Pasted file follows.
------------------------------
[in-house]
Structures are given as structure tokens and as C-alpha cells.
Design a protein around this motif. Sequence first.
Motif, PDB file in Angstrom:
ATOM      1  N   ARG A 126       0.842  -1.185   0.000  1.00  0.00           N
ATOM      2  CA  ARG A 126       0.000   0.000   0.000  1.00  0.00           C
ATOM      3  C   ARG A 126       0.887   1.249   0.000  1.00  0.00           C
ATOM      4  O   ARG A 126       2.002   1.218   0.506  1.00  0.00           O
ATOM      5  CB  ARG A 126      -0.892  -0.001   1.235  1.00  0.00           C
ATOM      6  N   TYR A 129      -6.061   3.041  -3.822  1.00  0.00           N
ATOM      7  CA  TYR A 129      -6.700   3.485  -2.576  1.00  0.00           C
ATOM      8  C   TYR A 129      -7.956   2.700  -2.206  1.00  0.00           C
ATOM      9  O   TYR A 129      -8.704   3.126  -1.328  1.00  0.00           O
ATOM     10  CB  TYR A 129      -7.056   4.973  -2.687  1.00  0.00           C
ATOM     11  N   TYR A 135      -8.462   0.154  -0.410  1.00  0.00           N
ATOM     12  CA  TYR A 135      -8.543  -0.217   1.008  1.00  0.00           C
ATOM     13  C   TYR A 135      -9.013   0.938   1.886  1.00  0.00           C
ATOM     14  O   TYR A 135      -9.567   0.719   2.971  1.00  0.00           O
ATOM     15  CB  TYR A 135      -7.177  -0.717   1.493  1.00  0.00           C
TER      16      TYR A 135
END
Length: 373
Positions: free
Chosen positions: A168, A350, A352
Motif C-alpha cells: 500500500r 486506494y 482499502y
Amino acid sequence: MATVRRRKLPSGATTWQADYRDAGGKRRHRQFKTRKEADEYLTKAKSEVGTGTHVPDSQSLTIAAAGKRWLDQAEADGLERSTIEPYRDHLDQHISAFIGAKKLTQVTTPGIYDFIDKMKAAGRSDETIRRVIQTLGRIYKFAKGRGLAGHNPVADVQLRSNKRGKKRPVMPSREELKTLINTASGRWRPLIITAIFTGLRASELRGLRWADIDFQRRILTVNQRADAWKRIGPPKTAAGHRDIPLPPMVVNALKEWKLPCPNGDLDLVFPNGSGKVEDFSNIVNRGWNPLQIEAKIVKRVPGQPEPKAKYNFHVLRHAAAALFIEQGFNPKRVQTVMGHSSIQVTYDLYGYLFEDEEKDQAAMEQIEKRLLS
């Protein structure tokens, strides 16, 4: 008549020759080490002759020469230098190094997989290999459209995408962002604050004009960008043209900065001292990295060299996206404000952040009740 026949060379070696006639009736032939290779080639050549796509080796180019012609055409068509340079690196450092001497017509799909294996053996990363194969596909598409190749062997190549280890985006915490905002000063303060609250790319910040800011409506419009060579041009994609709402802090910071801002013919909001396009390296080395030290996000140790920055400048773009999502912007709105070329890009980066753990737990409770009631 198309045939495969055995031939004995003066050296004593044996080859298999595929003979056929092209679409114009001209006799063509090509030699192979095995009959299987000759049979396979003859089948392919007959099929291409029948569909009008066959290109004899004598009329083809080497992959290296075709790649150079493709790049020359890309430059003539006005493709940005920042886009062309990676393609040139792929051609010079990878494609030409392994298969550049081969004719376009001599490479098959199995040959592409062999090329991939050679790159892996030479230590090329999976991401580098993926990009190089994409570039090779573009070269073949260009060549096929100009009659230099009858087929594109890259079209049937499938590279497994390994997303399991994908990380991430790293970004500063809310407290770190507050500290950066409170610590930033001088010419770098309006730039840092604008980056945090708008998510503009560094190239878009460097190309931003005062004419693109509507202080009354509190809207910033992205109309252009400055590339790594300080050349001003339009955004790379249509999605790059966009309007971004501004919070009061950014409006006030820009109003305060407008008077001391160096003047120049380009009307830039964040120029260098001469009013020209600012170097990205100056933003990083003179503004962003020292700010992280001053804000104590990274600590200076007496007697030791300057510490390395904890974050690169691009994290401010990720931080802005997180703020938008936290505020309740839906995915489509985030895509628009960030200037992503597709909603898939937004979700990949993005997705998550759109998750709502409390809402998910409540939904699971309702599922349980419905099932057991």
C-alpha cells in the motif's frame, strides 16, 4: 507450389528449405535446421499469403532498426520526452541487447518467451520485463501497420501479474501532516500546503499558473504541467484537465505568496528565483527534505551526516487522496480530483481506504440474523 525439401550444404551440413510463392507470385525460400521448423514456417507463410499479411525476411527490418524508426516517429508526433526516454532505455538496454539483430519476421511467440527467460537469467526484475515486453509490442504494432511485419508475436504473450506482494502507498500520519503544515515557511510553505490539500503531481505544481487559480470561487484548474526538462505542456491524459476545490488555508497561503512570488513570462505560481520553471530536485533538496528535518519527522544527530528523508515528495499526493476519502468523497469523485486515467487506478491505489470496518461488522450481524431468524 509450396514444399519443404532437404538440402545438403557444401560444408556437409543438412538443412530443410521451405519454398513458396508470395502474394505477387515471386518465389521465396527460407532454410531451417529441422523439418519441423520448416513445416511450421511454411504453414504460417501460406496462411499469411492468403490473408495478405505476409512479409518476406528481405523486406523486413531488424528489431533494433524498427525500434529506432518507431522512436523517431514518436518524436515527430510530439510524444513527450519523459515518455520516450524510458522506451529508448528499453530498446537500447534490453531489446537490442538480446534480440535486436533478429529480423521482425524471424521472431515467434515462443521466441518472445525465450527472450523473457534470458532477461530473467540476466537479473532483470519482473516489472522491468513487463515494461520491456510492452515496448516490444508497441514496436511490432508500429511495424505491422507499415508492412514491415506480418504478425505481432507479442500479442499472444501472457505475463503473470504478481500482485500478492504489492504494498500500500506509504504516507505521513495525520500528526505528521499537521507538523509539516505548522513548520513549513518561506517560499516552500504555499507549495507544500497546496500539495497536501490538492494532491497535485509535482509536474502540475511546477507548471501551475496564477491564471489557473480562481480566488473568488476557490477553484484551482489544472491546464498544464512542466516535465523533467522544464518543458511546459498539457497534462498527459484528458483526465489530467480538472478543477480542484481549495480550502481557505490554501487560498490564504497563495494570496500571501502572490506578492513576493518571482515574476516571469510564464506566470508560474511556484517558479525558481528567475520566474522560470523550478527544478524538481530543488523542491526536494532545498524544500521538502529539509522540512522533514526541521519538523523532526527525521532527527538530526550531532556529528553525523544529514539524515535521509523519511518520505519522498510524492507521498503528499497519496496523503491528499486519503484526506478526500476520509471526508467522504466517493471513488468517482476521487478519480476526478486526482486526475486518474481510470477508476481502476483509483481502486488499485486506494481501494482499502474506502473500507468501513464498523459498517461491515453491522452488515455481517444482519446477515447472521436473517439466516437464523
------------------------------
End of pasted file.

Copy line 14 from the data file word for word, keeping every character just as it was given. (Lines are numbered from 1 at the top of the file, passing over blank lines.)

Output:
ATOM     10  CB  TYR A 129      -7.056   4.973  -2.687  1.00  0.00           C